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Grazing Earth

By Elisa Taber.

The distorted awe with which Uruguayan author Horacio Quiroga (1878-1937) describes the Misiones jungle is akin only to the way Jesuit missionaries and Spanish explorers wrote about the Argentine province before him. The flora and fauna are so minutely detailed that they are rendered hyperrealist, like the landscape of a mythic past or a science fiction future. Alvar Nuñez Cabeza de Vaca sought the white king of the Guaraní people in the sixteenth century. The missionaries evangelized thousands of Guaraní souls and constructed eleven settlements in the seventeenth century. The eighteenth century initiated the decadence of the Spanish Empire. In 1903, when Quiroga accompanied Leopoldo Lugones to the Jesuit-Guaraní settlement of San Ignacio, the province has become a refugium peccatorum. They encountered houses, a school, church, and cemetery stripped to their scaffoldings and encircling a cross. This decaying sacred space physically represents the template of Quiroga’s stories—characters retrospectively narrate how their current state of decadence resulted from an unassailable conviction of erred kindness. I have attempted to extract the thread of sanity and life in his illusory universe, but it escapes my grasp because it retracts from life towards death and madness.

Quiroga is best known for his collection of children stories, Cuentos de la selva (Jungle Tales), which is part of the primary school syllabi in Argentina. His stories, like all myths and fairy tales, depict events of such unjustifiable violence that magic must intervene as an avenging force to re-establish justice. His teachers were Edgar Allen Poe, Fyodor Dostoyevsky, and Anton Chekhov, writers whose power lies in creating characters so real they appear animate independently of their creator. However, empathetic justice rests not in physical transformation but in a specific mental metamorphosis that allows an animal or “alienado mental” (mentally alienated)—Quiroga’s designation for the deceased or mad human being—to speak through the author. Borges famously said that Quiroga did badly what Kipling did well, their likeness is evidenced in their books with nearly the same title. I believe the Argentine critic was not suspect of the Uruguayan author’s craft or originality but his ethics. He offers prophecies that transcend what is humanely imaginable. These visions can be easily misconceived as ways of escaping the present by deforming the future.

His narratives offer a fatal critique of colonialism and capitalism but no alternative. He depicts a modern society that banishes those that want to live otherwise—the mad, criminal, or indigenous—to marginal zones. In reference to Ursula K Le Guin’s The Dispossessed, Raymond Williams claims, “a socially higher rather than a socially simplified form (…) is significantly only available in what is in effect a waste land.” His literature is dangerous, it hypnotizes, sometimes even crosses over to a kind of evil that justifies crime. However, he seeks kindness for those to whom society refuses it. Not prejudice veiled with kindness. He holds no prejudice, at least in the limited range of his existence. Quiroga was not a traveler but a prisoner of the place that defined who he became. It is hard to see him in his multiple portraits. In one he stands next to Ana María Cires, his first wife. She died by suicide six years after they married. He burned most of her photographs. Cires holds him and keeps her gaze impassive. His head is tilted down but his eyes are looking forth, imposing distance and holding the viewer in place, apart from them. He held some at an imprisoning proximity and others at a threatening distance imposed by his seclusion.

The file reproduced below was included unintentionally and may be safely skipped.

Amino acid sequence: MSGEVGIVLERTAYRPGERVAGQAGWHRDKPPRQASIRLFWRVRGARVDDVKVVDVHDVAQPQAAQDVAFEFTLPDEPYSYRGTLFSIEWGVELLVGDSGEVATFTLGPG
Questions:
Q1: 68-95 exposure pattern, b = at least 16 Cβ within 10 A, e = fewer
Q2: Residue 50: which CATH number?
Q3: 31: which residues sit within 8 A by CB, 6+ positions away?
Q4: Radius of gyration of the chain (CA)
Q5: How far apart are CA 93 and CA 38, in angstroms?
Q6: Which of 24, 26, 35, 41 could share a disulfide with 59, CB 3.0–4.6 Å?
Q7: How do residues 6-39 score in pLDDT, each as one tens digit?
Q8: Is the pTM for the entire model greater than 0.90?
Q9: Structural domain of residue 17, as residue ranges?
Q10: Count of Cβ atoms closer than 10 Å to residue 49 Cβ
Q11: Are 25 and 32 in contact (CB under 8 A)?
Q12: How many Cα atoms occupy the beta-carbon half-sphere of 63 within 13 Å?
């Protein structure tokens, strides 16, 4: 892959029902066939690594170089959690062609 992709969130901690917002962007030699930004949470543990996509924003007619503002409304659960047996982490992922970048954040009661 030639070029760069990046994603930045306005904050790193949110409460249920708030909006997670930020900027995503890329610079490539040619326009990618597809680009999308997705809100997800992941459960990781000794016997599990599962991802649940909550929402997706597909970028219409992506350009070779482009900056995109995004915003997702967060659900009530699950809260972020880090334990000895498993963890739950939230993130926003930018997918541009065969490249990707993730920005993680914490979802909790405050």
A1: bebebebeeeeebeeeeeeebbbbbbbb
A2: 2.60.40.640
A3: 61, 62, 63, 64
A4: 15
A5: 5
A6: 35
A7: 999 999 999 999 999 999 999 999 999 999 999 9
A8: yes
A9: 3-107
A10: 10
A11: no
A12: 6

The frontier between nature and civilization mirrored the threshold between life and death. To control nature was to placate madness. In the end he gave in to both but took death in his own hands. Quiroga ingested cyanide after being diagnosed with gastric cancer in 1935. Alfonsina Storni dedicated a poem to him when she heard of his death. The first line is “Morir como tú, Horacio, en tus cabales,” (To die like you, Horacio, in your right mind,). She drowned at sea three years later. The affirmation of sanity in the face of death counters accusations of insanity he encountered throughout his life or proves that his approximations to madness prepared him to meet his end in a conscious rather than somnambulant state. Simone Weil completes her claim that flesh is the pretext of a false good necessary for sin stating, “I need God to take me by force, because, if death, doing away with the shield of the flesh, were to put me face to face with him, I should run away.” For Quiroga illusion does not intervene between life and madness or death. Characters enter a hallucinatory state after their will has been transgressed. Only the fatal repercussions of violence on the body and mind, not the delusions of the transgressor, interest him. What surprises most about Quiroga’s prose, both in his fiction and correspondence, is his pragmatism. When the narrator learns of a death or emerges from a hallucination, life continues without dwelling on what passed even if it might or will happen again. He felt God like Weil did, as a hunger and thirst, not a desire to be met.